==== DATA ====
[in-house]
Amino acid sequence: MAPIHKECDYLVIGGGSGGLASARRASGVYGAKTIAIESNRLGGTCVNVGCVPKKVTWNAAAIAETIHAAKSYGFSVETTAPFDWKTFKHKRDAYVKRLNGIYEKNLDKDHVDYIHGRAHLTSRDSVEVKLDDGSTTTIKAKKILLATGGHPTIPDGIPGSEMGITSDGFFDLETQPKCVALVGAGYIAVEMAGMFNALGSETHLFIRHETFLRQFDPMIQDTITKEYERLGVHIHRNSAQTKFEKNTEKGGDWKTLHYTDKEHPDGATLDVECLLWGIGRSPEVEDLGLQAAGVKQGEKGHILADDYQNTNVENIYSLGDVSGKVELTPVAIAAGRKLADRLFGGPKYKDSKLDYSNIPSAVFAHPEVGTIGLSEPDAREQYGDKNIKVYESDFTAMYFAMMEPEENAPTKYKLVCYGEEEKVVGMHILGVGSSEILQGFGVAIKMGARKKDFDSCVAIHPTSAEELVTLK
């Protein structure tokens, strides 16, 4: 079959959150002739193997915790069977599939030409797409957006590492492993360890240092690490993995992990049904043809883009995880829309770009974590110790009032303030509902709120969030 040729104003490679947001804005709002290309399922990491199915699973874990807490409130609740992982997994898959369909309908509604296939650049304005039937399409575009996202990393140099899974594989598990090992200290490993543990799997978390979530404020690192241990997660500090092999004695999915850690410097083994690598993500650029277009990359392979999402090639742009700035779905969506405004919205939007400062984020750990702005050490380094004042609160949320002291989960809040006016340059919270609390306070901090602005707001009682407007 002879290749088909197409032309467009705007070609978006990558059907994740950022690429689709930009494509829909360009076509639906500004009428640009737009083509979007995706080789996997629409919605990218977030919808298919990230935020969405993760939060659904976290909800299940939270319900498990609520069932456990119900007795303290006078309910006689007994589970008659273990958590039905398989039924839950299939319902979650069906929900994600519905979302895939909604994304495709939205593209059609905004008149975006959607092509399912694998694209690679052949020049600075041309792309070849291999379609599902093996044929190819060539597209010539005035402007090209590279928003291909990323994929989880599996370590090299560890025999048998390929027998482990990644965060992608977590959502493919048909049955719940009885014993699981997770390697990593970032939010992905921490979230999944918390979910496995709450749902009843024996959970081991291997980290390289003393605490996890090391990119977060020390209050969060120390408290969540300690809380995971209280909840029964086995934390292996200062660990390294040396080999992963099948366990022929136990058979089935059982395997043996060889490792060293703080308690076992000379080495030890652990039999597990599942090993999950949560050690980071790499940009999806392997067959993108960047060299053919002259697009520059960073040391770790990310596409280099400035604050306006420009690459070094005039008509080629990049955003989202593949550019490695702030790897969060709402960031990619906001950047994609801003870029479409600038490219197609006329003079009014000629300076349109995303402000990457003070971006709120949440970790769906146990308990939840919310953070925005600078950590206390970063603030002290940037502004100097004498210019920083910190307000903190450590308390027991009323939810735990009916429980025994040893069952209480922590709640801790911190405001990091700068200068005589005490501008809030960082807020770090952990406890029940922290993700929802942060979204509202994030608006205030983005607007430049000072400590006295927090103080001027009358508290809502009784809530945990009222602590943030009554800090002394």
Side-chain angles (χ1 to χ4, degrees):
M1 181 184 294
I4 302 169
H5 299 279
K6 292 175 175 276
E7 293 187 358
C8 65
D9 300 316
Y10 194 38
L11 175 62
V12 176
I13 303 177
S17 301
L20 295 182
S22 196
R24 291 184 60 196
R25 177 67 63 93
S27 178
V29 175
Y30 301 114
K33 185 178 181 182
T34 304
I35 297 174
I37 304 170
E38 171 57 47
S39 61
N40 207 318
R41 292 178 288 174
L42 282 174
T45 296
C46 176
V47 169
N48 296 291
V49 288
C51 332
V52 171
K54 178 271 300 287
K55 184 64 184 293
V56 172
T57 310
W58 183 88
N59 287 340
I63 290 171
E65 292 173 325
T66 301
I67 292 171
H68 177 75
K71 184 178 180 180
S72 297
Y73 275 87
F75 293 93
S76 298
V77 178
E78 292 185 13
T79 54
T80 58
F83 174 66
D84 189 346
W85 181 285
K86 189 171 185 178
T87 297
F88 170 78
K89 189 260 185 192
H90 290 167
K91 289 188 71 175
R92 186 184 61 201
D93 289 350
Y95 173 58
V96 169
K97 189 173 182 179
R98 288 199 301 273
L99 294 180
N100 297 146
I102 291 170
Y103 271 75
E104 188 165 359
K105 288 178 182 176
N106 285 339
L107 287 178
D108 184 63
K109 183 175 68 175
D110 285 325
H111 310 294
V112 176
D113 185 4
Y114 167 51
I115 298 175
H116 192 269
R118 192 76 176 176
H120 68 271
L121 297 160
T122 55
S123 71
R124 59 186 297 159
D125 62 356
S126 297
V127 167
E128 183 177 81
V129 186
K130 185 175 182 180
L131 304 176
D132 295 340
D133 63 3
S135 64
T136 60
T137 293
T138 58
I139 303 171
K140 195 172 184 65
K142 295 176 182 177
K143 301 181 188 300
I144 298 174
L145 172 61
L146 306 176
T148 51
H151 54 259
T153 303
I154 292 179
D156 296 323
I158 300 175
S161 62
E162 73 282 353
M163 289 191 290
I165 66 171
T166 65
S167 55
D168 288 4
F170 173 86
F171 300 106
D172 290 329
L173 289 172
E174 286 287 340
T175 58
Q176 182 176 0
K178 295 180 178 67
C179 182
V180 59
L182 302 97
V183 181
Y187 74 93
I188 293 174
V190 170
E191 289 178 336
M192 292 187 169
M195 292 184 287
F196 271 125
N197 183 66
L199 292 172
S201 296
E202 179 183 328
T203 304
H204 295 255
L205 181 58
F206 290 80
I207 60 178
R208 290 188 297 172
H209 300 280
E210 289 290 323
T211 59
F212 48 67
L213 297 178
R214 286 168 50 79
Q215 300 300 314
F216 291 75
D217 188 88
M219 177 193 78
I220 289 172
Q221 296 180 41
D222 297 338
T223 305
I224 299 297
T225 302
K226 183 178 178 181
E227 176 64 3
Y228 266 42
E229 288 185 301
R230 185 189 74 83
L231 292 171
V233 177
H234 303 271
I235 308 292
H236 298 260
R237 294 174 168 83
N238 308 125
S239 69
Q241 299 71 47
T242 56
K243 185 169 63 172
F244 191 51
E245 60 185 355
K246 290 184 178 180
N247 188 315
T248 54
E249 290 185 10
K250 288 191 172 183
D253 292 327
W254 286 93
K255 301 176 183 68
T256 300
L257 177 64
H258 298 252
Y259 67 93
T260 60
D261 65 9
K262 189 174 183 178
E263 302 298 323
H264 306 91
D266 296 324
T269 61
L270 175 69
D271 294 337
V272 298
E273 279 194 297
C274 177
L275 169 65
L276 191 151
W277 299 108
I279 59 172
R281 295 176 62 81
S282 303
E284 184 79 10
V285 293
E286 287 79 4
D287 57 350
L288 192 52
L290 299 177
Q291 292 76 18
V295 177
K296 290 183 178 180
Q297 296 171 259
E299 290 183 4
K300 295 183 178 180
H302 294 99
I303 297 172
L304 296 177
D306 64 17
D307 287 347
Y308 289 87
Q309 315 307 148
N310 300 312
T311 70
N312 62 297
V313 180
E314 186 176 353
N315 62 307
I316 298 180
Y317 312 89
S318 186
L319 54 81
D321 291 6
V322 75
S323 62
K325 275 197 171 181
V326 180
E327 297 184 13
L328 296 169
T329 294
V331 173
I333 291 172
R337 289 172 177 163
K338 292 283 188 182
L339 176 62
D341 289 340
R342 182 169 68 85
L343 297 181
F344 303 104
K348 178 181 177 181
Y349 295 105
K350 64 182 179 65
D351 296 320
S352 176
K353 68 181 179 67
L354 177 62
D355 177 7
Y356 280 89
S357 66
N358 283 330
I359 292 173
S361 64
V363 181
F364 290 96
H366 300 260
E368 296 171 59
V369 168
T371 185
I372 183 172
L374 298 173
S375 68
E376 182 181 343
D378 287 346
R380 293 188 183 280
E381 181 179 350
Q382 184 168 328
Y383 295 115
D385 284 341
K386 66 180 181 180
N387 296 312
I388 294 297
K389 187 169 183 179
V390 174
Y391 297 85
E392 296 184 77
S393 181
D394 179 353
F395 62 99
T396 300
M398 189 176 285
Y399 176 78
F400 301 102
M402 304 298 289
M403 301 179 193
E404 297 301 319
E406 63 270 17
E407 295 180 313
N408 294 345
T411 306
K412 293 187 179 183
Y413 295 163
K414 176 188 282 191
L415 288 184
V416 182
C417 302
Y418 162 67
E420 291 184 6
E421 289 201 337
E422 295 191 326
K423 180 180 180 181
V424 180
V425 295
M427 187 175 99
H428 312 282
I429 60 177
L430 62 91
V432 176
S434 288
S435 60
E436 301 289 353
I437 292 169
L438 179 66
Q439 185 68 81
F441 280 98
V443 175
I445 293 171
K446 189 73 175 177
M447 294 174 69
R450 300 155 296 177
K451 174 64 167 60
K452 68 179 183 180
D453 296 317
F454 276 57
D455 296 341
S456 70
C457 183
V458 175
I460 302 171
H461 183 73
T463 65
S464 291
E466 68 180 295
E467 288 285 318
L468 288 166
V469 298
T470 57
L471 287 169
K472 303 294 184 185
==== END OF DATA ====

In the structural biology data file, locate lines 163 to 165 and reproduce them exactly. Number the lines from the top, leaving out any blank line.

F212 48 67
L213 297 178
R214 286 168 50 79